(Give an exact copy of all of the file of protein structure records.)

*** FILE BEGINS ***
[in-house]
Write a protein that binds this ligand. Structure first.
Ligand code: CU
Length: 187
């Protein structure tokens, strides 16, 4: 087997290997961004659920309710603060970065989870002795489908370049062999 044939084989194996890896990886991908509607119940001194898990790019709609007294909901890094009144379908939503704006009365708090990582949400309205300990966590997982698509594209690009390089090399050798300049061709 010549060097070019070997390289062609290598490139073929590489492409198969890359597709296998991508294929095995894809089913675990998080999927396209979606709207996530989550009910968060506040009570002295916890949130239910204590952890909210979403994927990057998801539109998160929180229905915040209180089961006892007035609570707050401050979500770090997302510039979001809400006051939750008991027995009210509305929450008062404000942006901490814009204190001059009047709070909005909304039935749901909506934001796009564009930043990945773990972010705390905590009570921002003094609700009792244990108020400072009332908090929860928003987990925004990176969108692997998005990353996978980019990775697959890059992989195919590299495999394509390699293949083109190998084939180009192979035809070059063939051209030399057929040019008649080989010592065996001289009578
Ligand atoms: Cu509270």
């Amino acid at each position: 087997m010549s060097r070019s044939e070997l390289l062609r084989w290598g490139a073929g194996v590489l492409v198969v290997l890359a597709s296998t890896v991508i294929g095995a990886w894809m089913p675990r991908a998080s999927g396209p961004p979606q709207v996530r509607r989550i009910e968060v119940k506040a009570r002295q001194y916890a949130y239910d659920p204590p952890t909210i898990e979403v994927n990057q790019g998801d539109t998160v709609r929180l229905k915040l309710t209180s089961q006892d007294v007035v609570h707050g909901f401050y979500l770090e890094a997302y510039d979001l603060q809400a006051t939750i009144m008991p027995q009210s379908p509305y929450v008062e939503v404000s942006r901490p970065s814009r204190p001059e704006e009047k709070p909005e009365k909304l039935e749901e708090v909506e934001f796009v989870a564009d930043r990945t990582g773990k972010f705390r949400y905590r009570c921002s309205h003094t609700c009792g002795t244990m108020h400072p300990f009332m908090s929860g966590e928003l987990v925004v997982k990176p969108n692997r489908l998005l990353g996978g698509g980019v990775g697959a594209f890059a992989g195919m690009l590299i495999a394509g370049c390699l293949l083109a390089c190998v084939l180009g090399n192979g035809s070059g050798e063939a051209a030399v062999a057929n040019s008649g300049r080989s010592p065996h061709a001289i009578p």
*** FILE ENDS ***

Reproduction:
[in-house]
Write a protein that binds this ligand. Structure first.
Ligand code: CU
Length: 187
């Protein structure tokens, strides 16, 4: 087997290997961004659920309710603060970065989870002795489908370049062999 044939084989194996890896990886991908509607119940001194898990790019709609007294909901890094009144379908939503704006009365708090990582949400309205300990966590997982698509594209690009390089090399050798300049061709 010549060097070019070997390289062609290598490139073929590489492409198969890359597709296998991508294929095995894809089913675990998080999927396209979606709207996530989550009910968060506040009570002295916890949130239910204590952890909210979403994927990057998801539109998160929180229905915040209180089961006892007035609570707050401050979500770090997302510039979001809400006051939750008991027995009210509305929450008062404000942006901490814009204190001059009047709070909005909304039935749901909506934001796009564009930043990945773990972010705390905590009570921002003094609700009792244990108020400072009332908090929860928003987990925004990176969108692997998005990353996978980019990775697959890059992989195919590299495999394509390699293949083109190998084939180009192979035809070059063939051209030399057929040019008649080989010592065996001289009578
Ligand atoms: Cu509270």
């Amino acid at each position: 087997m010549s060097r070019s044939e070997l390289l062609r084989w290598g490139a073929g194996v590489l492409v198969v290997l890359a597709s296998t890896v991508i294929g095995a990886w894809m089913p675990r991908a998080s999927g396209p961004p979606q709207v996530r509607r989550i009910e968060v119940k506040a009570r002295q001194y916890a949130y239910d659920p204590p952890t909210i898990e979403v994927n990057q790019g998801d539109t998160v709609r929180l229905k915040l309710t209180s089961q006892d007294v007035v609570h707050g909901f401050y979500l770090e890094a997302y510039d979001l603060q809400a006051t939750i009144m008991p027995q009210s379908p509305y929450v008062e939503v404000s942006r901490p970065s814009r204190p001059e704006e009047k709070p909005e009365k909304l039935e749901e708090v909506e934001f796009v989870a564009d930043r990945t990582g773990k972010f705390r949400y905590r009570c921002s309205h003094t609700c009792g002795t244990m108020h400072p300990f009332m908090s929860g966590e928003l987990v925004v997982k990176p969108n692997r489908l998005l990353g996978g698509g980019v990775g697959a594209f890059a992989g195919m690009l590299i495999a394509g370049c390699l293949l083109a390089c190998v084939l180009g090399n192979g035809s070059g050798e063939a051209a030399v062999a057929n040019s008649g300049r080989s010592p065996h061709a001289i009578p």